[Histonet] RE: Cutting speed

Bea DeBrosse-Serra BDeBrosse-Serra <@t> isisph.com
Tue Jan 3 09:57:47 CST 2012


I totally agree with all the advice Toysha and Kim gave you. 

The cutting speed will come with time and experience. Even though in a clinical environment everybody seems to push speed, the quality of the slide should not suffer. My thoughts are, to take your time to produce good quality slides, do the best you can and the speed will follow. Overall it sounds like you are doing a pretty good job already for a new graduate. 


Beatrice DeBrosse-Serra HT(ASCP)QIHC
Isis Pharmaceuticals
Antisense Drug Discovery
2588 Gazelle Ct.
Carlsbad, CA 92010

-----Original Message-----
From: histonet-bounces <@t> lists.utsouthwestern.edu [mailto:histonet-bounces <@t> lists.utsouthwestern.edu] On Behalf Of Mayer,Toysha N
Sent: Tuesday, January 03, 2012 6:44 AM
To: 'histonet <@t> lists.utsouthwestern.edu'
Subject: [Histonet] Re: Cutting speed

I agree with Kim.  Actually, the speed you desire will come with time, practice and workflow adjustment. You are not far off from where you should be, about 30 blocks/hr. 40 would be great, but you just graduated and got a job.  It usually takes me about 2 wks to get adjusted to a new microtome and its quirks. By the end of next week, you should be closer to your goal. If you are really concerned go to the pathologist and the supervisor and have a chat.  Go over expectations for all sides and things will get better.
Calm down, and ask for help when needed. Take one thing at a time, cutting, workflow, etc. Do your best work, and everything will come as you need it. 

Toysha N. Mayer, MBA, HT (ASCP)
Program in Histotechnology
School of Health Professions
MD Anderson Cancer Center
(713) 563-3481
tnmayer <@t> mdanderson.org


Message: 1
Date: Sat, 31 Dec 2011 09:18:21 -0800 (PST)
From: Kim Donadio <one_angel_secret <@t> yahoo.com>
Subject: Re: [Histonet] Cutting speed
To: Teresa Moore <tmoore9k <@t> gmail.com>,
	"histonet <@t> lists.utsouthwestern.edu"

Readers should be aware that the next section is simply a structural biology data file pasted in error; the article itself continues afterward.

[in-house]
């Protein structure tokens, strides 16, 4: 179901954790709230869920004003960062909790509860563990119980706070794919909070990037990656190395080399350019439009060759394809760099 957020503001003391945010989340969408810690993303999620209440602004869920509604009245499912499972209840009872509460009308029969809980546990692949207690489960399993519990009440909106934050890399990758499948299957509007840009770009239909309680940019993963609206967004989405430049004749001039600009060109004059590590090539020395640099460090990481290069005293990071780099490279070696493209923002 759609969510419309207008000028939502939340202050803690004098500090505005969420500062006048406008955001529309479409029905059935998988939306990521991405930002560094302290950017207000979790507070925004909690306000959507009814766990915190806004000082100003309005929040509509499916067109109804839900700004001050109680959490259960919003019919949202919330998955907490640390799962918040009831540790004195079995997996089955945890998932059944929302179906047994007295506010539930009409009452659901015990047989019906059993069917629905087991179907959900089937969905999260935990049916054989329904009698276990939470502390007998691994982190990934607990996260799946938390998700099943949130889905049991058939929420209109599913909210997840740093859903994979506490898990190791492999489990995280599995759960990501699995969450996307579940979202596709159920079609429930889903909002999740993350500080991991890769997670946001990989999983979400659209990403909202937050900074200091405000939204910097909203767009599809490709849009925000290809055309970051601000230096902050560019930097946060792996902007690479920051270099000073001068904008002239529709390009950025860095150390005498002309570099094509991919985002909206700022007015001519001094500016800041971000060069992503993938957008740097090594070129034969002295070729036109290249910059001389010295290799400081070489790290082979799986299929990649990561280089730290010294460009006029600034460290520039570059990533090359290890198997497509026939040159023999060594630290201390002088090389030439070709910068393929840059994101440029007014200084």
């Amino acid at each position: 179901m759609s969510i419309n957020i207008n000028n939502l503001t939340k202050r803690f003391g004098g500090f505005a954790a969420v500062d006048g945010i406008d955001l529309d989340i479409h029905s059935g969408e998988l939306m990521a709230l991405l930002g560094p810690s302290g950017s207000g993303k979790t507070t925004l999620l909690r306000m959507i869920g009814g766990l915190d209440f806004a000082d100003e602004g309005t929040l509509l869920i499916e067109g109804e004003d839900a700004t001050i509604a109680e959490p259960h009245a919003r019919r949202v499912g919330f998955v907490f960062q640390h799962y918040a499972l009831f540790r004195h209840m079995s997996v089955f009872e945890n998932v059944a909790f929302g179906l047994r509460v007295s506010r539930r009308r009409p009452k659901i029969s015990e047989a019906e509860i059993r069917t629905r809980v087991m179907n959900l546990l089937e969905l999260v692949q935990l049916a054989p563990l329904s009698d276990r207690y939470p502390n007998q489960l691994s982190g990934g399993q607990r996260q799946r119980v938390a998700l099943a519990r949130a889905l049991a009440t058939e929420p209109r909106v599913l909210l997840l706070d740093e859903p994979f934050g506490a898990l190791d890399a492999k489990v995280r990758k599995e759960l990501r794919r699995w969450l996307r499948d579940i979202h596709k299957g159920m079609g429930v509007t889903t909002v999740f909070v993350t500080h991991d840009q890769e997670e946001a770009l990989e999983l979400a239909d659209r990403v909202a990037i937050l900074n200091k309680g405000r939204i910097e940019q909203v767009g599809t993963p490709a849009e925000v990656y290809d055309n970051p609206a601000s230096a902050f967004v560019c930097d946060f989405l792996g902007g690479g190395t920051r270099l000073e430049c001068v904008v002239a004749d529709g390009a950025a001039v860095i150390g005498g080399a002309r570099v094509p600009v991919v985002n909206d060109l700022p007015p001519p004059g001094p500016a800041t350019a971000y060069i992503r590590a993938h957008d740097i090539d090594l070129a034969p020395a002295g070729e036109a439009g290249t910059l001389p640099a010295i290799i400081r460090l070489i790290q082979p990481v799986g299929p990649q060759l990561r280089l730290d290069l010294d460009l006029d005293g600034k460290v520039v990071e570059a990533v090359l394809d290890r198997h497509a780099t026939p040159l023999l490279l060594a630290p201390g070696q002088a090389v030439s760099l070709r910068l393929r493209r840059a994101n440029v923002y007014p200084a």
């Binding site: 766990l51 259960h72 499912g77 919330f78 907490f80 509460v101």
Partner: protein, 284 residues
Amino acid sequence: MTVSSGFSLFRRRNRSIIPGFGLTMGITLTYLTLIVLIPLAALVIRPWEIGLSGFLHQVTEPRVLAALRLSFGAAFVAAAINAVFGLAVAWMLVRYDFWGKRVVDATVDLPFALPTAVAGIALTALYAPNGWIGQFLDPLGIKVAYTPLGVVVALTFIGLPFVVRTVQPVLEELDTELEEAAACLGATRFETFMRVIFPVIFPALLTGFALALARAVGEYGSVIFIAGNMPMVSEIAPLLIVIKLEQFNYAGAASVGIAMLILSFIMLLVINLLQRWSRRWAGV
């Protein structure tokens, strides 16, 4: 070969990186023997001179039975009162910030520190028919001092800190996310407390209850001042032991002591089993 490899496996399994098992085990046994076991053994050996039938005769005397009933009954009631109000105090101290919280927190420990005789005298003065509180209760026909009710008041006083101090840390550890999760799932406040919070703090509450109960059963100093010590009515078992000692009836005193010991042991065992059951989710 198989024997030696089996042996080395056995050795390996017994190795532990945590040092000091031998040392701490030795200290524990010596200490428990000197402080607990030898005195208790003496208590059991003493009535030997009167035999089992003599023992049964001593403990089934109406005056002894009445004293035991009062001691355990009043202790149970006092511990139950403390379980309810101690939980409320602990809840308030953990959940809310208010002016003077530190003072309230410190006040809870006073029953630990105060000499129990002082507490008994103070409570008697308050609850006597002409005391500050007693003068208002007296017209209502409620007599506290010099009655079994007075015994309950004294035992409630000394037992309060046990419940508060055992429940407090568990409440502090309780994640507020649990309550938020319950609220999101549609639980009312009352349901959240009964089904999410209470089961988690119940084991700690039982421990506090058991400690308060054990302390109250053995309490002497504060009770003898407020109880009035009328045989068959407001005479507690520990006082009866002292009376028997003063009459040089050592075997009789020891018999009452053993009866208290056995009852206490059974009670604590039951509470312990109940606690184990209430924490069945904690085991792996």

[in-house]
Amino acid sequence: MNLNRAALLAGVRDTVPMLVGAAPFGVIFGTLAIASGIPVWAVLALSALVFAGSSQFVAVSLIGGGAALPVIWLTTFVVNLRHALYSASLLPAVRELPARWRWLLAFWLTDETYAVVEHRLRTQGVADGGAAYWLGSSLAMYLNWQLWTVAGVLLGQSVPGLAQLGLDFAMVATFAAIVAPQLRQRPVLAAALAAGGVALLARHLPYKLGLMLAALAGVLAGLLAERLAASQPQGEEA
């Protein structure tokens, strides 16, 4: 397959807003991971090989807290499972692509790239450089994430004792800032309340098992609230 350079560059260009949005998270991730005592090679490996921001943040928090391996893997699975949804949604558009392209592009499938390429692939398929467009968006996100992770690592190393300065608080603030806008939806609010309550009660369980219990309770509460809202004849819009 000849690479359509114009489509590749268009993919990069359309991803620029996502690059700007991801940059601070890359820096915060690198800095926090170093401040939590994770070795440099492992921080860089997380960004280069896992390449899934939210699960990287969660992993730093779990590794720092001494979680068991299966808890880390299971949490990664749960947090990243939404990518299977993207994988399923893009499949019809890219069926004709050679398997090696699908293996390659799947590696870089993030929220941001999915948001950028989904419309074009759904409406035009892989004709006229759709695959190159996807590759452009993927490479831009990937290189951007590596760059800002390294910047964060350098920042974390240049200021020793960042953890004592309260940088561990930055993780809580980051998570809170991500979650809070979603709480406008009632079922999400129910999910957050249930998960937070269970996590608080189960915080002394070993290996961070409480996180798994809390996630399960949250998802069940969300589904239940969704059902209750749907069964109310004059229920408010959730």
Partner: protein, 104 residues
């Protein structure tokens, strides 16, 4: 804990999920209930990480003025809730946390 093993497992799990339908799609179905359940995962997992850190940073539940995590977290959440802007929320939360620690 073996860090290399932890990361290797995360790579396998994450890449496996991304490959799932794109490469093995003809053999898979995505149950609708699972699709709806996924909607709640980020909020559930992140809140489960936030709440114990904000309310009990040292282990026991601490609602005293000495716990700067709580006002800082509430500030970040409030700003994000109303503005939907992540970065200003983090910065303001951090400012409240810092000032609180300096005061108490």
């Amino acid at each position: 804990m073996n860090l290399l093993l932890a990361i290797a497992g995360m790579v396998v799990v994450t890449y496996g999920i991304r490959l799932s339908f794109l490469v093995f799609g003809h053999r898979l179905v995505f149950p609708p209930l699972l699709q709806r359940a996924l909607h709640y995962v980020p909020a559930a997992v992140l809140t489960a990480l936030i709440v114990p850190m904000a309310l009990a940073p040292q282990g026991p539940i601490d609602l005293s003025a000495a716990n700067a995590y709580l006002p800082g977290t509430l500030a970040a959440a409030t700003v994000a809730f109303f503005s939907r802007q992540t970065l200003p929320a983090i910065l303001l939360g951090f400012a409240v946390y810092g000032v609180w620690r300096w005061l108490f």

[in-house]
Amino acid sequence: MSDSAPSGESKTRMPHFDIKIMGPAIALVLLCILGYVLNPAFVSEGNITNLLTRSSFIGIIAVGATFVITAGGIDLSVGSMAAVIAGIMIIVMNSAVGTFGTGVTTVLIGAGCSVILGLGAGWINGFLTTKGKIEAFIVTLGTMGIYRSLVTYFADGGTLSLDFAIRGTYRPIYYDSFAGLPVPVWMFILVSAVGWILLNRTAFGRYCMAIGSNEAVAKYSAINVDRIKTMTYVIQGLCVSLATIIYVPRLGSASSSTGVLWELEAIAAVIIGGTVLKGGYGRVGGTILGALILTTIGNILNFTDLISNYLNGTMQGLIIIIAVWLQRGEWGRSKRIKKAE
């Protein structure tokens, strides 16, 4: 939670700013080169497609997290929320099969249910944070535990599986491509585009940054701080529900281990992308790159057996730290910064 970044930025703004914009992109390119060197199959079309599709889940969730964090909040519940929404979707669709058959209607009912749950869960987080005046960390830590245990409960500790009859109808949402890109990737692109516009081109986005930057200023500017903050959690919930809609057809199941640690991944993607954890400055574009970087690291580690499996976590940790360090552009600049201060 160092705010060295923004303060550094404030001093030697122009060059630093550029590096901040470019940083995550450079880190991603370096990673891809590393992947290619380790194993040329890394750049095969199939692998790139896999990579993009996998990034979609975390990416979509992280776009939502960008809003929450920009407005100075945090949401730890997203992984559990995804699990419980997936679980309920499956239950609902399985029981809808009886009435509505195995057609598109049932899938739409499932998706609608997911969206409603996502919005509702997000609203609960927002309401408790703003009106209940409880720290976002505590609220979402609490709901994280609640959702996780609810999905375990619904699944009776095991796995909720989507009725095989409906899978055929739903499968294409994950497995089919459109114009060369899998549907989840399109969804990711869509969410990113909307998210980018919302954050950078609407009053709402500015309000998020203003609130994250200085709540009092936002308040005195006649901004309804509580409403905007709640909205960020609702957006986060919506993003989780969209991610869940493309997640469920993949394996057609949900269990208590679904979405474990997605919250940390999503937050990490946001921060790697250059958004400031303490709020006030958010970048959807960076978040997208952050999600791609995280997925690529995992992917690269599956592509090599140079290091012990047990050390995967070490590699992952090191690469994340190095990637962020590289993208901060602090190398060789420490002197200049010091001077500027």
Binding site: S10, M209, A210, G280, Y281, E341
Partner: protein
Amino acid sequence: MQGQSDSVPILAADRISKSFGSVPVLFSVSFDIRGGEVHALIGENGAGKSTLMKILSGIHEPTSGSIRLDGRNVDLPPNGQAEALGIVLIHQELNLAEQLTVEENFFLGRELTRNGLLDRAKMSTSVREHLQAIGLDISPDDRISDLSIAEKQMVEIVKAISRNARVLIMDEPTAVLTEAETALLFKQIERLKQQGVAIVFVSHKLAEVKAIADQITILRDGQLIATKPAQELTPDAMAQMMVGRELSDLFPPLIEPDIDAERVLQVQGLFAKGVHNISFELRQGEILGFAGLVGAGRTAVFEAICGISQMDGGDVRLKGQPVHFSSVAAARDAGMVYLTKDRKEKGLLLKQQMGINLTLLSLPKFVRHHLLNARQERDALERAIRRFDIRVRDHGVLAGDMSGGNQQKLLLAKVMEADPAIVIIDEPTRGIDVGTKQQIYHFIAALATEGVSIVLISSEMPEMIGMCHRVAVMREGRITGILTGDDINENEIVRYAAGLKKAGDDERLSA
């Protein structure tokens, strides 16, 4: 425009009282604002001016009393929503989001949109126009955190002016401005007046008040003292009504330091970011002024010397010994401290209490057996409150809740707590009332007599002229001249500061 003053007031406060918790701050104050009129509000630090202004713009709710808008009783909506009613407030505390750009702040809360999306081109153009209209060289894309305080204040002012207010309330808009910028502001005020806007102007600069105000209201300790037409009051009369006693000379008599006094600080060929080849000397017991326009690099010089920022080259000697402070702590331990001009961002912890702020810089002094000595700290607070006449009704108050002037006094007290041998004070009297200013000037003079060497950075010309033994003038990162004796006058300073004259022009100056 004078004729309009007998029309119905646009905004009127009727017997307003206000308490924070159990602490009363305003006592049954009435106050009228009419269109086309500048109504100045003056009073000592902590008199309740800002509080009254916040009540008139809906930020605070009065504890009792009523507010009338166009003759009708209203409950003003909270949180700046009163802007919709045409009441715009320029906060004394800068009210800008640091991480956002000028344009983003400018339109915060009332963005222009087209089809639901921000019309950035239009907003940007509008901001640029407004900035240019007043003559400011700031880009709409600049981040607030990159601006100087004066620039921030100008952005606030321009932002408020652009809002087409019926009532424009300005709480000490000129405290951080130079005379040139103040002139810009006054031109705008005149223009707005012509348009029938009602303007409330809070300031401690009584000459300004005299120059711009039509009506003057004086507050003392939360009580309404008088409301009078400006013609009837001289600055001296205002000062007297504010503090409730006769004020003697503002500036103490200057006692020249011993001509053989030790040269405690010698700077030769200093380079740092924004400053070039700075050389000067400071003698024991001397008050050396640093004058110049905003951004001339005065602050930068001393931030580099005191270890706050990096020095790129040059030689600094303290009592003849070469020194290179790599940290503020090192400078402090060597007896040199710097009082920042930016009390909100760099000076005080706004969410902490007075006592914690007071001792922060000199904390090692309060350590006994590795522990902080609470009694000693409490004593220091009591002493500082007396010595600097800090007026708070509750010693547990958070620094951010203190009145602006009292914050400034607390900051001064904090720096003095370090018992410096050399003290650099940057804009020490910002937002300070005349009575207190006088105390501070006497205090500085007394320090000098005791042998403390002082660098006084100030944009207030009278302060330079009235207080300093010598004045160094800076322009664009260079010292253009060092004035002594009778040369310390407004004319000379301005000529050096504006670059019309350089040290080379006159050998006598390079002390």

<histonet <@t> lists.utsouthwestern.edu>
	<1325351901.53131.YahooMailNeo <@t> web112319.mail.gq1.yahoo.com>
Content-Type: text/plain; charset=iso-8859-1

My only advice to you Teresa is to take a deep breath, calm down and do the best you can. Dont take your eye off the specimen you are dealing with. It's someones life. You might hear people screaming about time, they need this, they need that. but You as a healthcare professional have the ONE most importnat task you really need to focus on, and thats making the best slide you can from each specimen you deal with. Focus on that, keep your chin up and know that you are doing the patients a service by being there doing good work while dealing with hard times. 
Best of wishes
Kim D

From: Teresa Moore <tmoore9k <@t> gmail.com>
To: histonet <@t> lists.utsouthwestern.edu
Sent: Saturday, December 31, 2011 8:44 AM
Subject: [Histonet] Cutting speed

I graduated from a histology program in June/11 and just got a job a week ago.? My speed on the microtome is not great.? Everyone says it takes time but I feel my technique may be wrong.? To make matters worse the only other histotech in the lab is going on vacation the third week of January and I will be alone!!!!! I don't have the overall flow of the lab down yet and have no idea how they expect me to handle the cutting all by myself.? My biggest concern is my cutting speed right now.? How long does it take
(approx) to do 40 blocks an hour.? Currently, I'm about half that!? I'm panicking and I've only been on the job 8 days.? Help!!!!!!!!!!!

Teresa Moore
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